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  • Writer's pictureThe Publishing Post

Racial Diversity in Publishing: Reflecting on 100 Issues 

By Lucy O’Neill, Brittany Holness and Holly Butterfield

In celebration of The Publishing Post’s 100th issue, we are returning to our very first feature: Education Around Racial Inequality. Following the mass impact of the Black Lives Matter movement, this first issue looked at the challenges in racial diversity within publishing, discussing the industry’s response and support in regards to the movement as well as showcasing independent publishing houses who have put their focus on increasing racial diversity within their workforces and publishing. One hundred issues later and we’re returning to this important discussion to see what, if anything, has changed.

The Black Lives Matter movement meant an immense raising of awareness of the struggles of Black people within publishing and showcased the lack of diversity that was rather prominent throughout mainstream publishing. Attention was brought to the swathes of literature which were predominantly white and male dominated, limiting BIPOC voices within this space. 

At the time of the article,  changes were supposedly being made in the publishing world. Publishing houses were said to be becoming more aware of these issues, donations being founded and reading lists created which reflected a wider variety of voices. The response to this was somewhat positive and there have been some steps in the right direction since the writing of this article. There is undeniably a wider awareness of the struggles which those who identify as BIPOC or underrepresented racial groups experience when faced with the dominant white majority. More opportunities have been given and created and we’re starting, slowly, to see the impact of changes in the industry. Publishing houses have been known, in individual cases, to establish diversity officers to ensure continued opportunities as well as taking care that hiring is as inclusive and accessible to all as possible. Internships have been created specifically for emerging BIPOC writers, in aid of giving their voice a place. However, this isn’t to say that things have changed to a large enough degree – there is still work to be done.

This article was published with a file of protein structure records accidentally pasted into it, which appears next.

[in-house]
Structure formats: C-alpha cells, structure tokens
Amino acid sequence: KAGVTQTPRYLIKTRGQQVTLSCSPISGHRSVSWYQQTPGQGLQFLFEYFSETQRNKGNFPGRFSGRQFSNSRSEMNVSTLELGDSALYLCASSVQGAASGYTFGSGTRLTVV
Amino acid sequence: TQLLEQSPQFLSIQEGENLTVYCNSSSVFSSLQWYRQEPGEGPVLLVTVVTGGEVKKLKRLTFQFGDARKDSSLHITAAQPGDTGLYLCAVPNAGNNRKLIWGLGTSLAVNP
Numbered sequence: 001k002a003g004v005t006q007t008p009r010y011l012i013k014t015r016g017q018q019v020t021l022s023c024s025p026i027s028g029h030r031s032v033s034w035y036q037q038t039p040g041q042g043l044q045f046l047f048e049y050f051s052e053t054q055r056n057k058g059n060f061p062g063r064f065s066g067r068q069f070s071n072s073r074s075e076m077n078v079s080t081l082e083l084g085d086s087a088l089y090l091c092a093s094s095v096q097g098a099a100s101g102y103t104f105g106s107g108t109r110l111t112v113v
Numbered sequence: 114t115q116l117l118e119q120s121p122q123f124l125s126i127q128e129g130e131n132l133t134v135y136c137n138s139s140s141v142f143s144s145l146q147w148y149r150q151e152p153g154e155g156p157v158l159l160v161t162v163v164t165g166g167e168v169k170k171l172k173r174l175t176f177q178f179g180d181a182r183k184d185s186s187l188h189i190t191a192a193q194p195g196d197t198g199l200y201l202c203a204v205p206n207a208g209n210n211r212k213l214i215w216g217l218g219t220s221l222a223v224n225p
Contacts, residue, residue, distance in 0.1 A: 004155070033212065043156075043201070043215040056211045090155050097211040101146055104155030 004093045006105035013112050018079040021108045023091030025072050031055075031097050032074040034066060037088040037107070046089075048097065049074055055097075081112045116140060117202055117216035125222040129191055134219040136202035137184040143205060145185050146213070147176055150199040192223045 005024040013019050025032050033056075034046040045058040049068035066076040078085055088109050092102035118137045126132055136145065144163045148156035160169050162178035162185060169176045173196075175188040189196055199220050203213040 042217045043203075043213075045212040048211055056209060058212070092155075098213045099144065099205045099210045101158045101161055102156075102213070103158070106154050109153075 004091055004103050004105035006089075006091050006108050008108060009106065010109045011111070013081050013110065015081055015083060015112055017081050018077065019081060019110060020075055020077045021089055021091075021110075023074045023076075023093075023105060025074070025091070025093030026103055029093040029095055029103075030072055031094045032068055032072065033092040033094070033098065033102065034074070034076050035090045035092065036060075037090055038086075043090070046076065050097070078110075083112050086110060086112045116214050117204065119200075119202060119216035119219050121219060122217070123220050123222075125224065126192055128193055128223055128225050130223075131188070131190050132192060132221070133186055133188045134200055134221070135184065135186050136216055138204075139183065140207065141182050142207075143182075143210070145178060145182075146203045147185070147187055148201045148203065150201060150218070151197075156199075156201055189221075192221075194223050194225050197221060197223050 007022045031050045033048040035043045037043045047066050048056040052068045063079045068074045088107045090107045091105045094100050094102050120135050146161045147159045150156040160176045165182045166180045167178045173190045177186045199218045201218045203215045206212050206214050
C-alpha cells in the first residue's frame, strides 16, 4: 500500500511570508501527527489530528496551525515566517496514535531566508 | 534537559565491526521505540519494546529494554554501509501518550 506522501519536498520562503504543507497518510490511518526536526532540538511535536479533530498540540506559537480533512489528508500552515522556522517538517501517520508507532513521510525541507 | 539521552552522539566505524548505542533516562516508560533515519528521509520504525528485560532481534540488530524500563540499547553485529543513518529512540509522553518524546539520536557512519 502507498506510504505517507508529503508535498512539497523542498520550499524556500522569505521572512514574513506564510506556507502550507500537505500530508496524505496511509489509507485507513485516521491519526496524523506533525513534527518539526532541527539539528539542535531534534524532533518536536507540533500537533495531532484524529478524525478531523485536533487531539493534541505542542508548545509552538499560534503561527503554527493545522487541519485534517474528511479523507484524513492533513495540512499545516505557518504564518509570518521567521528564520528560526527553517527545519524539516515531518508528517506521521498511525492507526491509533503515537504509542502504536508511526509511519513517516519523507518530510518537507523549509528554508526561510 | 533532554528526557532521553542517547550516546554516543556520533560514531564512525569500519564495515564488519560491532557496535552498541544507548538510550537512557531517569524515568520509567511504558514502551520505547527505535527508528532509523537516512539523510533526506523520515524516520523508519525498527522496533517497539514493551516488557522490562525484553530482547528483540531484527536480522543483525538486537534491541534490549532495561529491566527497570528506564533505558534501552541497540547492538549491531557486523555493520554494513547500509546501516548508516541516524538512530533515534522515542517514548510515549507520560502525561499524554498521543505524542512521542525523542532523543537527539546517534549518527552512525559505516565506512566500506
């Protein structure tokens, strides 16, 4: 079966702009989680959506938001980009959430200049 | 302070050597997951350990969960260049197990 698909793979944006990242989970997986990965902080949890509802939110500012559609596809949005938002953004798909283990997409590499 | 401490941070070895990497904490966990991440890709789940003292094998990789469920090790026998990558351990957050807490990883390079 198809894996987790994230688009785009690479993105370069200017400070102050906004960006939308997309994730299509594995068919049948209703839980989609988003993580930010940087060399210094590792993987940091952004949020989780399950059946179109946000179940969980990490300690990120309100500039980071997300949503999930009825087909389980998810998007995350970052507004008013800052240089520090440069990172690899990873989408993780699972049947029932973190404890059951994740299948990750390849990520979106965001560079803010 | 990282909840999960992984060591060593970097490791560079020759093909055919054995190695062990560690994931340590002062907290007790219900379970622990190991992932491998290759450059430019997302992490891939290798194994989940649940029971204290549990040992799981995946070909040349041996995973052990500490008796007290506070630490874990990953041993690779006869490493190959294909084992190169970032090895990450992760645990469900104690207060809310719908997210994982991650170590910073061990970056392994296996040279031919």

Since our original article was written there has been a welcome increase in interest in books published by Black authors. However, this change has been notably slower compared to other movements. For these authors, there have been numerous barriers into the publishing industry. They are often limited on what their writing encompasses, being encouraged to represent a certain genre or discuss certain topics, as opposed to the freedom that other authors often have in this community. It is usually quite difficult for Black authors to be explorative with their writing. There’s also still something to be said for performative action rather than genuine structural changes. Sometimes, there is support for these authors just to seem as though change is desired, and yet there may not be advocacy, and thus not many actual changes are being made.  

Recent years have, of course, seen several excellent books written by BIPOC authors, sharing their voices and stories across a wide variety of genres. As well as a continuation of educational books, which have continued to be published following the success of Reni Eddo-Lodge’s Why I’m No Longer Talking To White People About Race, there have been vast numbers of fiction books hitting the shelves and we wanted to share a few of our favourites. Zadie Smith’s 2024 release The Fraud tells the thrilling story of fraud and deception, following our protagonist Eliza Touchet and her interest in a local trial, and the story of a formerly enslaved man who stands as one of the witnesses. Smith’s masterful writing weaves together a narrative of moral dilemmas and the murky corporate world. 

Come and Get It, is the second novel by Kiley Reid, whose tale explores identity and privilege, putting the focus on the micro-aggressions of everyday life as a college student. Finally, Chain Gang All Stars by Nana Kwame Adjei-Brenyah is a critique on the American prison system, pitting prisoners against each other in a reality TV-style competition where the prize is freedom. If you’re looking to explore some non-fiction, then why not try How to Say Babylon by Safiya Sinclair. A poignant memoir where the author tells her story of breaking free of her Rastagarian upbringing following a childhood under her father’s strict patriarchal rule. This family drama, set against the backdrop of Jamaican history, is all about the author's exploration of finding her own voice and identity as a woman and poet.  

Providing a platform for Black authors should be a non-negotiable for every list and publishing house. Readers and industry professionals also have a key role in promoting this diversity as increased demand will provide authors with a greater opportunity to publish without the added restrictions they often face.



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